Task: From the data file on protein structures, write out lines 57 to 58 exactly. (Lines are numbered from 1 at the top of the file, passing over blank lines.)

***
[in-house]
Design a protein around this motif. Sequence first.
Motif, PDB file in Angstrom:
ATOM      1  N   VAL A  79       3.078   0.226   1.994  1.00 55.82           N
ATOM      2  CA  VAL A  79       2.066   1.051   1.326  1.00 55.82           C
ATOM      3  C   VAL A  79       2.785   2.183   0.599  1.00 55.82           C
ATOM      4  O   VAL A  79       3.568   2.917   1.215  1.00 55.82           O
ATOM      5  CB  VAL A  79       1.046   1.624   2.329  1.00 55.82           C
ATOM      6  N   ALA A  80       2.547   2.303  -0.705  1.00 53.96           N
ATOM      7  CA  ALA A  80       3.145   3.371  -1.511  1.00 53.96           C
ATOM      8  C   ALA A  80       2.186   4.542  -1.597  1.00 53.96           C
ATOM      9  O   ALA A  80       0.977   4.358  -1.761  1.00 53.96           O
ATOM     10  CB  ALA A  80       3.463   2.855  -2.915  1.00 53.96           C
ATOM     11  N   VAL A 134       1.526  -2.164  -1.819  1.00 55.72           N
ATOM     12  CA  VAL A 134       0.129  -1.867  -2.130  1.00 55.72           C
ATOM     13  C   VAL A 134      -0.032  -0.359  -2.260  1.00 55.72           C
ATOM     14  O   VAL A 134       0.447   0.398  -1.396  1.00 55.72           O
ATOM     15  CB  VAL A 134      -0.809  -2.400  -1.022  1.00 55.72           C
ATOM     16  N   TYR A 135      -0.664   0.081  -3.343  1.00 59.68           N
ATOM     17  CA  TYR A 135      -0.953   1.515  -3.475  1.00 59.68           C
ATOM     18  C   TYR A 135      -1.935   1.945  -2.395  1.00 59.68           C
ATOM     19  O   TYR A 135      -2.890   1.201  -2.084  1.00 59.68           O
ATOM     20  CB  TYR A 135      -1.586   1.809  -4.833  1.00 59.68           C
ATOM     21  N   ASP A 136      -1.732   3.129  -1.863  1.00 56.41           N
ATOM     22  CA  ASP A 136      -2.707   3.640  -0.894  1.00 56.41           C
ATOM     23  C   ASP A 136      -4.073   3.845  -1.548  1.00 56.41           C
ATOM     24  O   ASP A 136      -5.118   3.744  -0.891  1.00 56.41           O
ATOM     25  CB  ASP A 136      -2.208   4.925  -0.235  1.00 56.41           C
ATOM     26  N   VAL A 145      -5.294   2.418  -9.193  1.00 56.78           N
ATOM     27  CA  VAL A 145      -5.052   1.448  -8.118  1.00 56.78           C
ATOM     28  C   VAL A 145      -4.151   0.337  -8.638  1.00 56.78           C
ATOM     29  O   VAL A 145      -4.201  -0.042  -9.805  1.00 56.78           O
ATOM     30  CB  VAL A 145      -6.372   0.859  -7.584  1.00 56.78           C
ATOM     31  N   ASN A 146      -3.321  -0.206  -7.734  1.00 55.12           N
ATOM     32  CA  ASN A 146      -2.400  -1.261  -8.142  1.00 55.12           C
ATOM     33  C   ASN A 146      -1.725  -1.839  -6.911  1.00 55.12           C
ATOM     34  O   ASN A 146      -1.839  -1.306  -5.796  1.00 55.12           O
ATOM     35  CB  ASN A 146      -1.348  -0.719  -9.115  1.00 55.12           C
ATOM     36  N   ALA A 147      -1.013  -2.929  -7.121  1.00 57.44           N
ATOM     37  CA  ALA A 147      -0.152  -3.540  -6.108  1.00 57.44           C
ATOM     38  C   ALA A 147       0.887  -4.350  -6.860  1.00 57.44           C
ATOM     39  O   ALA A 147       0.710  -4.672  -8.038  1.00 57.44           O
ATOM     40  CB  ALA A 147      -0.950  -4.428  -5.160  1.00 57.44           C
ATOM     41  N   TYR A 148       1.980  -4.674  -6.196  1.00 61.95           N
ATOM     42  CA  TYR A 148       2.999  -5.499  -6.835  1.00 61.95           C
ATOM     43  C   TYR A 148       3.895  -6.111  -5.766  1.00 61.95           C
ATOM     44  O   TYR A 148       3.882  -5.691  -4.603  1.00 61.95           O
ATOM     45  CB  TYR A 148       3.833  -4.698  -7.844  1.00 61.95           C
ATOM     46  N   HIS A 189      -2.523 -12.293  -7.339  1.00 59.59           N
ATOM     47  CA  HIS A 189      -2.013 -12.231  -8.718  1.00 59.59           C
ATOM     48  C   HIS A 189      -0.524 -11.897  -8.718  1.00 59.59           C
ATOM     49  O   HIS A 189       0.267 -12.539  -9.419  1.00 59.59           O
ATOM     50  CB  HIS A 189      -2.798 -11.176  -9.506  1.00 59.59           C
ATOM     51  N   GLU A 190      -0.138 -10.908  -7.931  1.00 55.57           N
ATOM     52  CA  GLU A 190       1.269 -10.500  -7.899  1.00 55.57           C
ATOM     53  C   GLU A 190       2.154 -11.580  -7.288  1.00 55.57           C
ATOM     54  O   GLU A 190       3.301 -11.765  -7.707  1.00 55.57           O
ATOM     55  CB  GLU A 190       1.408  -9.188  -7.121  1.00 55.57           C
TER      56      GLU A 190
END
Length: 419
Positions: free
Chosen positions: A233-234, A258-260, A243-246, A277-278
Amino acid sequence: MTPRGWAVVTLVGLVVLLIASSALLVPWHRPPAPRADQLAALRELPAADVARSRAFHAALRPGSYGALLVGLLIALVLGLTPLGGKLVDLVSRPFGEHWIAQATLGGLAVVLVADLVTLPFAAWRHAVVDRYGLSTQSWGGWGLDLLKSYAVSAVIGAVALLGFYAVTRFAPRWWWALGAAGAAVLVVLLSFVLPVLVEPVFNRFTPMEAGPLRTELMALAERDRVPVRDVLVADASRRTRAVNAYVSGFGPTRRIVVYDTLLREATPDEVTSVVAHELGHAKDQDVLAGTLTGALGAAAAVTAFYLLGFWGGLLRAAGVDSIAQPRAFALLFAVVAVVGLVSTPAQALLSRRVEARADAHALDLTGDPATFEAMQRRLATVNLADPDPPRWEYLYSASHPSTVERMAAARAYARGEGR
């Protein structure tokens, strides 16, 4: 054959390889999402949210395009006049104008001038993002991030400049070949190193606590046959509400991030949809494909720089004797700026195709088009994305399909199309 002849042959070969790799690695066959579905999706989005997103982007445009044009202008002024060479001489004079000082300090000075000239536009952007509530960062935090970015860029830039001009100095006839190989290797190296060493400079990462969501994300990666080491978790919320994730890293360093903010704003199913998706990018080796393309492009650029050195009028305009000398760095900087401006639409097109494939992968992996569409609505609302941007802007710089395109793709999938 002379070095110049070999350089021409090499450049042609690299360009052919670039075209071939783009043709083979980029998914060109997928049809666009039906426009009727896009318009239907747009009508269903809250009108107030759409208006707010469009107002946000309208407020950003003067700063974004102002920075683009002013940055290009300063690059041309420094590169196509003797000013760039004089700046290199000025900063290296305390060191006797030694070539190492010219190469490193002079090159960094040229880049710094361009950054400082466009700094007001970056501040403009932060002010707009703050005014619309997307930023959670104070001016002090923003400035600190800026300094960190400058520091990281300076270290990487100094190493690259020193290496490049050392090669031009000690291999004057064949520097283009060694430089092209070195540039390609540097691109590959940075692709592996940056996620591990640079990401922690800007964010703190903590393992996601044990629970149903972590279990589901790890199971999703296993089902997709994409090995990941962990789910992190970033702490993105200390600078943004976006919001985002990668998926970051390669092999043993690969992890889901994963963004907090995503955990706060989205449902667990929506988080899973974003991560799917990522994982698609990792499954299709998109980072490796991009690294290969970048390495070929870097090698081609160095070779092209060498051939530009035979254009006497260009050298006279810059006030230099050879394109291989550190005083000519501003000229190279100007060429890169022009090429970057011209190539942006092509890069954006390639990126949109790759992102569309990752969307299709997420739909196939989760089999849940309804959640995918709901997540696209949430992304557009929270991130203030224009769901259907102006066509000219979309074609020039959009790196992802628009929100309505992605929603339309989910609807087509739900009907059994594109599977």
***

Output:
ATOM     54  O   GLU A 190       3.301 -11.765  -7.707  1.00 55.57           O
ATOM     55  CB  GLU A 190       1.408  -9.188  -7.121  1.00 55.57           C